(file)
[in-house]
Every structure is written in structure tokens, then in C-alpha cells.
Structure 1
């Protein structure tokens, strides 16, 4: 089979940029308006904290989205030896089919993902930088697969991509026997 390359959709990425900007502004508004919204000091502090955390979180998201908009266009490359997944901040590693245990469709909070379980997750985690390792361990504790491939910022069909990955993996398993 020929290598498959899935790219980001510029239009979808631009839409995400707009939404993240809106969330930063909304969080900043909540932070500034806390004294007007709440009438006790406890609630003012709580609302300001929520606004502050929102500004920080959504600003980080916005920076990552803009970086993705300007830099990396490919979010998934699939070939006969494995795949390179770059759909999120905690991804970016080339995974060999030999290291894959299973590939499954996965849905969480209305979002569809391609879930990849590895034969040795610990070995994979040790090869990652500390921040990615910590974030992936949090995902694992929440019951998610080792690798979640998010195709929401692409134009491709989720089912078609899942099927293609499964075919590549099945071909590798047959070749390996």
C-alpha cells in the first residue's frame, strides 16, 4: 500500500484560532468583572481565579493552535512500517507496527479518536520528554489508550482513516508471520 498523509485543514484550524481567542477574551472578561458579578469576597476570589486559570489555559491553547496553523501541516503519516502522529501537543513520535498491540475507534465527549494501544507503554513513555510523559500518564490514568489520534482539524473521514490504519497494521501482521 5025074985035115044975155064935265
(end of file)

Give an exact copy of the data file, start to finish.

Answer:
[in-house]
Every structure is written in structure tokens, then in C-alpha cells.
Structure 1
């Protein structure tokens, strides 16, 4: 089979940029308006904290989205030896089919993902930088697969991509026997 390359959709990425900007502004508004919204000091502090955390979180998201908009266009490359997944901040590693245990469709909070379980997750985690390792361990504790491939910022069909990955993996398993 020929290598498959899935790219980001510029239009979808631009839409995400707009939404993240809106969330930063909304969080900043909540932070500034806390004294007007709440009438006790406890609630003012709580609302300001929520606004502050929102500004920080959504600003980080916005920076990552803009970086993705300007830099990396490919979010998934699939070939006969494995795949390179770059759909999120905690991804970016080339995974060999030999290291894959299973590939499954996965849905969480209305979002569809391609879930990849590895034969040795610990070995994979040790090869990652500390921040990615910590974030992936949090995902694992929440019951998610080792690798979640998010195709929401692409134009491709989720089912078609899942099927293609499964075919590549099945071909590798047959070749390996």
C-alpha cells in the first residue's frame, strides 16, 4: 500500500484560532468583572481565579493552535512500517507496527479518536520528554489508550482513516508471520 498523509485543514484550524481567542477574551472578561458579578469576597476570589486559570489555559491553547496553523501541516503519516502522529501537543513520535498491540475507534465527549494501544507503554513513555510523559500518564490514568489520534482539524473521514490504519497494521501482521 5025074985035115044975155064935265